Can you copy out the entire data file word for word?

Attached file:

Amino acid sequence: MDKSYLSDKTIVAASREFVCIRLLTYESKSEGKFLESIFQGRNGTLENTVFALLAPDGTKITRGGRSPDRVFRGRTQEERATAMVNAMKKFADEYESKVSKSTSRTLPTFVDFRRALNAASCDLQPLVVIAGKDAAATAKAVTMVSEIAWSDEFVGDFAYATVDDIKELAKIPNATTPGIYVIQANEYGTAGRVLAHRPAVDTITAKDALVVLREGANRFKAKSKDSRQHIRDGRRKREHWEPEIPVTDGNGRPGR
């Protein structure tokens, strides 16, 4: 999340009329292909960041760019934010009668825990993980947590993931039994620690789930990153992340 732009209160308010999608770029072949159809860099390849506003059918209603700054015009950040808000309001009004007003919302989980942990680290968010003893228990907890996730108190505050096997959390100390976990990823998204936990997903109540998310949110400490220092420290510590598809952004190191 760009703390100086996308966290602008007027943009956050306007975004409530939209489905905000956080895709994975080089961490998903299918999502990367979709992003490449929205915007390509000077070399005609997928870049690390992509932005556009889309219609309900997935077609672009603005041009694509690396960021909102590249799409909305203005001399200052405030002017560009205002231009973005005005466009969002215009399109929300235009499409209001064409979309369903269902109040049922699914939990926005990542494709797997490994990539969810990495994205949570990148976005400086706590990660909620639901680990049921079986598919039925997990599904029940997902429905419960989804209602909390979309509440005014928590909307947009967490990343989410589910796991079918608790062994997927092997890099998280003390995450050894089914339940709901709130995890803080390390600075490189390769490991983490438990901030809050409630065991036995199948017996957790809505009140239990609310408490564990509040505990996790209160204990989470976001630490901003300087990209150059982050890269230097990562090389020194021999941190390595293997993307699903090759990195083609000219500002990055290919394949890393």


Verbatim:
Amino acid sequence: MDKSYLSDKTIVAASREFVCIRLLTYESKSEGKFLESIFQGRNGTLENTVFALLAPDGTKITRGGRSPDRVFRGRTQEERATAMVNAMKKFADEYESKVSKSTSRTLPTFVDFRRALNAASCDLQPLVVIAGKDAAATAKAVTMVSEIAWSDEFVGDFAYATVDDIKELAKIPNATTPGIYVIQANEYGTAGRVLAHRPAVDTITAKDALVVLREGANRFKAKSKDSRQHIRDGRRKREHWEPEIPVTDGNGRPGR
């Protein structure tokens, strides 16, 4: 999340009329292909960041760019934010009668825990993980947590993931039994620690789930990153992340 732009209160308010999608770029072949159809860099390849506003059918209603700054015009950040808000309001009004007003919302989980942990680290968010003893228990907890996730108190505050096997959390100390976990990823998204936990997903109540998310949110400490220092420290510590598809952004190191 760009703390100086996308966290602008007027943009956050306007975004409530939209489905905000956080895709994975080089961490998903299918999502990367979709992003490449929205915007390509000077070399005609997928870049690390992509932005556009889309219609309900997935077609672009603005041009694509690396960021909102590249799409909305203005001399200052405030002017560009205002231009973005005005466009969002215009399109929300235009499409209001064409979309369903269902109040049922699914939990926005990542494709797997490994990539969810990495994205949570990148976005400086706590990660909620639901680990049921079986598919039925997990599904029940997902429905419960989804209602909390979309509440005014928590909307947009967490990343989410589910796991079918608790062994997927092997890099998280003390995450050894089914339940709901709130995890803080390390600075490189390769490991983490438990901030809050409630065991036995199948017996957790809505009140239990609310408490564990509040505990996790209160204990989470976001630490901003300087990209150059982050890269230097990562090389020194021999941190390595293997993307699903090759990195083609000219500002990055290919394949890393």